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Catalyzing HIV prevention in Asia: from individual to population level impact

Low-Beer, Daniel; Sarkar, Swarup

doi: 10.1097/01.aids.0000390085.37812.79

Objective: HIV prevention in Asia has two sides, modest overall coverage of individual services, yet some leading examples of population impact at national level. This review assesses the coverage of individual services and the additional components required to catalyze population level impact in Asia.

Methods: The review first assesses the latest data on the coverage of services by most-at-risk populations and country. The Asian Epidemic Model is used to estimate the coverage levels of these services required to reduce HIV incidence. Information on the services, unit costs, and coverage is used to define a priority prevention package that is affordable and can lead to high population coverage. Analysis of national programs, epidemiology, and behavior data is undertaken to identify additional factors required and barriers to population-level prevention impact.

Results: HIV prevention has shown variable coverage across Asia, with less than one in two sex workers, one in five injecting drug users, and one in two men who have sex with men reached with services. In addition, coverage of prevention of mother-to-child transmission is still low at 32%. Yet modeling suggests 60–80% coverage of all most-at-risk populations is required to reduce HIV incidence. National situations show the importance of implementing a priority package of HIV prevention to high coverage rapidly, combined with intense engagement of most-at-risk populations.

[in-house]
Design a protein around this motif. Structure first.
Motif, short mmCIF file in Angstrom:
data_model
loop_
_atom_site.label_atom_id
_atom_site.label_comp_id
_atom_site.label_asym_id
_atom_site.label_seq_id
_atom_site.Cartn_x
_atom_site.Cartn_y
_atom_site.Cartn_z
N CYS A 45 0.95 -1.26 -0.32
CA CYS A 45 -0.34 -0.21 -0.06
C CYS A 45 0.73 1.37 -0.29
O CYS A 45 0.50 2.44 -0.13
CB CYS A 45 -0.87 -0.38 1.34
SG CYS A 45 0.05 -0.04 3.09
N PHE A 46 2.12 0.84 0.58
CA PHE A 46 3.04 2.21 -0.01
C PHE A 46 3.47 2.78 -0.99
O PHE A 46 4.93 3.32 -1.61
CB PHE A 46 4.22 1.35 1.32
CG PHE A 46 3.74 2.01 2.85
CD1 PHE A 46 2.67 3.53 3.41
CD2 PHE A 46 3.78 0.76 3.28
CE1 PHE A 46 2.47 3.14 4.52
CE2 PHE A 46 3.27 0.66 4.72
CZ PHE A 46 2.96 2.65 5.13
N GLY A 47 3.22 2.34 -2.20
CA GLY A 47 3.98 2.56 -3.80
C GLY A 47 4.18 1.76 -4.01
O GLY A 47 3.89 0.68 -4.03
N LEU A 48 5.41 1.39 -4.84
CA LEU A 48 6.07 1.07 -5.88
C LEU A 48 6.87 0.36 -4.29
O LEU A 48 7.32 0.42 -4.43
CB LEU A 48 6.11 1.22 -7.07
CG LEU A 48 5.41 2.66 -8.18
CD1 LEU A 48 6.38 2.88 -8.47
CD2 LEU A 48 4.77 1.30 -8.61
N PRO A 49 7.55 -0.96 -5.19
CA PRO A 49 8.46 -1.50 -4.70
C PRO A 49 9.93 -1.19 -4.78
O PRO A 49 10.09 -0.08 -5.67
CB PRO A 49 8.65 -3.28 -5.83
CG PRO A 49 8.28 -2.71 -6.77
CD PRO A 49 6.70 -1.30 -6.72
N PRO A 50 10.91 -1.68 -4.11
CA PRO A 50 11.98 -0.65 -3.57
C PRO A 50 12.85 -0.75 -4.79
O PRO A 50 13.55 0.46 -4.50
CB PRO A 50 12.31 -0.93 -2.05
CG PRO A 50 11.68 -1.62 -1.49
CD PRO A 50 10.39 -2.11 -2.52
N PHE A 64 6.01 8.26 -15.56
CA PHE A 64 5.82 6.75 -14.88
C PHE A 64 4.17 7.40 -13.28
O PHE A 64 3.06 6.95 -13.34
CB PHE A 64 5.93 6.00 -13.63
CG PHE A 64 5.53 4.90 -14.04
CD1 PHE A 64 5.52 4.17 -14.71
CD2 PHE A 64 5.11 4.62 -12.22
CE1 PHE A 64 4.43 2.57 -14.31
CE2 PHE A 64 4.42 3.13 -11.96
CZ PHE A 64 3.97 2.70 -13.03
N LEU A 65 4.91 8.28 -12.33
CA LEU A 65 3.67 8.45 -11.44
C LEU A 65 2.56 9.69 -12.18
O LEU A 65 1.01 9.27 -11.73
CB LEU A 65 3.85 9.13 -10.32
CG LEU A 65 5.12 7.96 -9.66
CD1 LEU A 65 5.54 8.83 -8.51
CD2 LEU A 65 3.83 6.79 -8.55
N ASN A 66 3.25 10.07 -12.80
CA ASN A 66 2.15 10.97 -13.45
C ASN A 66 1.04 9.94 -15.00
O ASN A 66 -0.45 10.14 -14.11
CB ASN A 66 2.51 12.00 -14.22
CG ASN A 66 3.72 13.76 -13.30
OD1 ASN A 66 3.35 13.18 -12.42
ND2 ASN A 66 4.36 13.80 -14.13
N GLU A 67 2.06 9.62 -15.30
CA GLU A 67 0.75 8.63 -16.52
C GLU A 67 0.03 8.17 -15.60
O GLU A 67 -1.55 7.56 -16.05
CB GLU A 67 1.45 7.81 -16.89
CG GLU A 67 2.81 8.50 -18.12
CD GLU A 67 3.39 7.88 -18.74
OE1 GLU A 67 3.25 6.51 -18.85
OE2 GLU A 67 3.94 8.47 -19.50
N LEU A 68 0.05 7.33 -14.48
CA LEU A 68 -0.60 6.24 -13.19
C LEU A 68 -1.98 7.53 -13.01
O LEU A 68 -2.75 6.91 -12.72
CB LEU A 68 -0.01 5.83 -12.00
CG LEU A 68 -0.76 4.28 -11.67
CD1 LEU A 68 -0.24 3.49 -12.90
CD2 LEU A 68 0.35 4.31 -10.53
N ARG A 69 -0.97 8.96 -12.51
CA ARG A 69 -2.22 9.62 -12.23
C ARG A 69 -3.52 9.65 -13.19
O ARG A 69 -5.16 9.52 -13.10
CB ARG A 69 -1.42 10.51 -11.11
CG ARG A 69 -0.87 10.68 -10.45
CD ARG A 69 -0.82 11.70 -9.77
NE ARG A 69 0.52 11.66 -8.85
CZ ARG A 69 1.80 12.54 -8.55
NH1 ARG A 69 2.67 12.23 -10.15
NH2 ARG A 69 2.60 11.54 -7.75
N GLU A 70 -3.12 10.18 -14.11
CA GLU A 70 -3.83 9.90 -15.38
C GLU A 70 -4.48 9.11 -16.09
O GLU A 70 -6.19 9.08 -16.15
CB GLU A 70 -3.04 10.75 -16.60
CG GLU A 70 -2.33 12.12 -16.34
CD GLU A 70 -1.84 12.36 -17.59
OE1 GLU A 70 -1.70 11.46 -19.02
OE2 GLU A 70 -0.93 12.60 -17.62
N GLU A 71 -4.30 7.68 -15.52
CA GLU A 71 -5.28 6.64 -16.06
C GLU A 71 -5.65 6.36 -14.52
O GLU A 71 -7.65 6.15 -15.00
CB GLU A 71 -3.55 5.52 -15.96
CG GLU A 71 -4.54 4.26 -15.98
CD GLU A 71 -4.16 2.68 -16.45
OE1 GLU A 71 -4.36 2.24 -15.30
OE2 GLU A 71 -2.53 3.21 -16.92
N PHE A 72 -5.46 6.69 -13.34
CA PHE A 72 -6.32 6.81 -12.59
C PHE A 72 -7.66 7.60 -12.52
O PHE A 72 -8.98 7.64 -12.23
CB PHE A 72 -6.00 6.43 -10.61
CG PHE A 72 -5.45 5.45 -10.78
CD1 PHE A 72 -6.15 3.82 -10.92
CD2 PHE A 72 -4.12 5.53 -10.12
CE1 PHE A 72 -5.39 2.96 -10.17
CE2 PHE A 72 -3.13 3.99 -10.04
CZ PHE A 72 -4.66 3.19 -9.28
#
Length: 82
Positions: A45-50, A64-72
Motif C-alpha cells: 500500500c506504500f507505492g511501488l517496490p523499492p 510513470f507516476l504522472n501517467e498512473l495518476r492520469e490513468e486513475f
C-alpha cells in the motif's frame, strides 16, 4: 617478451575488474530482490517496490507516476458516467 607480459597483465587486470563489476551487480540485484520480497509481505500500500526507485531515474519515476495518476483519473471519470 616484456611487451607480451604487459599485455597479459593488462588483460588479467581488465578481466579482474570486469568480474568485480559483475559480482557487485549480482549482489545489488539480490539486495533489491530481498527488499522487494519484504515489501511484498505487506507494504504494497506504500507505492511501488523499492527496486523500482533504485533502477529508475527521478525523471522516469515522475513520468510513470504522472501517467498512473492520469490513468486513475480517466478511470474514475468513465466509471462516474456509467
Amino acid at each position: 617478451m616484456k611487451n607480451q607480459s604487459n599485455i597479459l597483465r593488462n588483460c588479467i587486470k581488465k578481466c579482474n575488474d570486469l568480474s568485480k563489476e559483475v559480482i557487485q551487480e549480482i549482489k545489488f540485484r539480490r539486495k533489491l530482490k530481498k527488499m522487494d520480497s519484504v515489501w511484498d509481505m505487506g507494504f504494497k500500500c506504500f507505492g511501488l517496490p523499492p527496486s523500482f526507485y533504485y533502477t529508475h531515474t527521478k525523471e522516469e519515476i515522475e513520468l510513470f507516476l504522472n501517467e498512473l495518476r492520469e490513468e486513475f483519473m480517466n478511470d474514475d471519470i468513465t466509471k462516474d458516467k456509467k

Discussion: HIV prevention at population level requires universal access to priority services alongside mobilization of all most-at-risk populations. It is only where service delivery and social change models of prevention have been combined effectively that HIV has declined. This helps explain the paradox in Asian HIV prevention, modest overall service delivery with some key national HIV prevention successes.

Author Information

The Global Fund to fight AIDS, TB and Malaria. Chemin de Blandonnet 8, 1214 Vernier, Geneva, Switzerland.

Correspondence to Daniel Low-Beer, The Global Fund to fight AIDS, TB and Malaria. Chemin de Blandonnet 8, 1214 Vernier, Geneva, Switzerland. E-mail:

© 2010 Lippincott Williams & Wilkins, Inc.